Gardening Articles: Landscaping :: Lawns, Ground Cover, & Wildflowers
by National Gardening Association Editors
These cute, furry, little hippity-hoppity creatures actually can cause lots of damage in the garden and landscape. Rabbit and hare species abound throughout the country and, as billed, they breed like well, you know. They live in tunnel systems called warrens and don't venture far to feed. Young shoots of peas, beans, lettuce, flowers, tulips, clover, and deciduous tree bark are all part of Peter Cottontail's menu. Luckily, once plants grow beyond the seedling stage, or trees develop tough bark, they are generally safe from bunny attacks. Look for cleanly cut leaves and stems to distinguish rabbit damage from insect or other animal damage.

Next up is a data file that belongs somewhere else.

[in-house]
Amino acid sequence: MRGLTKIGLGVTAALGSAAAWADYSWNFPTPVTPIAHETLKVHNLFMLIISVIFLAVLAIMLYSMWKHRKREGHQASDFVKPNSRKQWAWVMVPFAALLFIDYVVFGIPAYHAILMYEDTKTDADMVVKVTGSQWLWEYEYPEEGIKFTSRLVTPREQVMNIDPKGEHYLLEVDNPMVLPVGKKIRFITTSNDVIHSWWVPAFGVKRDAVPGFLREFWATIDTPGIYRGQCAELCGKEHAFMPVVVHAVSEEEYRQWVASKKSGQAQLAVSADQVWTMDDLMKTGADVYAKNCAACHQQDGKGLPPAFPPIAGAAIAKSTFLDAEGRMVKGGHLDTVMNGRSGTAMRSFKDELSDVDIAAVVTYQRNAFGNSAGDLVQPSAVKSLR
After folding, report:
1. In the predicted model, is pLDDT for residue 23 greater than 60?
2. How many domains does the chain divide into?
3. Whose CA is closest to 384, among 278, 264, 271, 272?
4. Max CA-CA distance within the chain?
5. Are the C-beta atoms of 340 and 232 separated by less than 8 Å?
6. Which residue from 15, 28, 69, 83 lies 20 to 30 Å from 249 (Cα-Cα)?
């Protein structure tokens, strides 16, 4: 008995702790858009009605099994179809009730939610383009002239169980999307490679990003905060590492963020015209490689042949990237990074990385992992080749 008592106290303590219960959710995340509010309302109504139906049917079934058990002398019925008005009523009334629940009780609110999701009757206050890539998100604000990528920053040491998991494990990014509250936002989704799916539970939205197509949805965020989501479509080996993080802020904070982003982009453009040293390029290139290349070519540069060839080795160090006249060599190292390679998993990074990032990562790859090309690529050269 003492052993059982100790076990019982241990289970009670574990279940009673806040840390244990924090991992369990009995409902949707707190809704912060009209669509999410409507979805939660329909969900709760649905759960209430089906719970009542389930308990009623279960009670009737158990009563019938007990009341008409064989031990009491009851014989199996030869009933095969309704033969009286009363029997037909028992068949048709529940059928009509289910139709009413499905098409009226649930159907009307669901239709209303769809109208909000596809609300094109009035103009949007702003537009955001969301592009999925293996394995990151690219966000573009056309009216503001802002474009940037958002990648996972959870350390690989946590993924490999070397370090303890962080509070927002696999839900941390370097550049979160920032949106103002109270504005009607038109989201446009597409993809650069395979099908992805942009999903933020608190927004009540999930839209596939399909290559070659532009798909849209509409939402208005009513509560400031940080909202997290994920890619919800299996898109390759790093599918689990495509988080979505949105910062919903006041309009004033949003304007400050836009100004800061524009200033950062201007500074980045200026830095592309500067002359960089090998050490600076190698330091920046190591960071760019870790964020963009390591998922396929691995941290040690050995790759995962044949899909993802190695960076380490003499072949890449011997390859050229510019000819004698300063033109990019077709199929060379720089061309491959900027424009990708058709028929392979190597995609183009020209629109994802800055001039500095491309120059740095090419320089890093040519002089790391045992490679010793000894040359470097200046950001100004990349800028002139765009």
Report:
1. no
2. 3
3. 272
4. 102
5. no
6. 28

You can repel, trap, and fence out rabbits. Lure rabbits away from prized plantings by installing a patch of alfalfa or clover away from the garden. Protect young trees in winter with tree guards. Remove brush piles and tall grasses from around your garden where bunnies hide. Although some gardeners use a variety of repellents including human or dog hair, chili powder, blood meal, fish emulsion, and commercial products, the most reliable way to keep rabbits out of the garden is fencing.
Photograph courtesy of David Liebman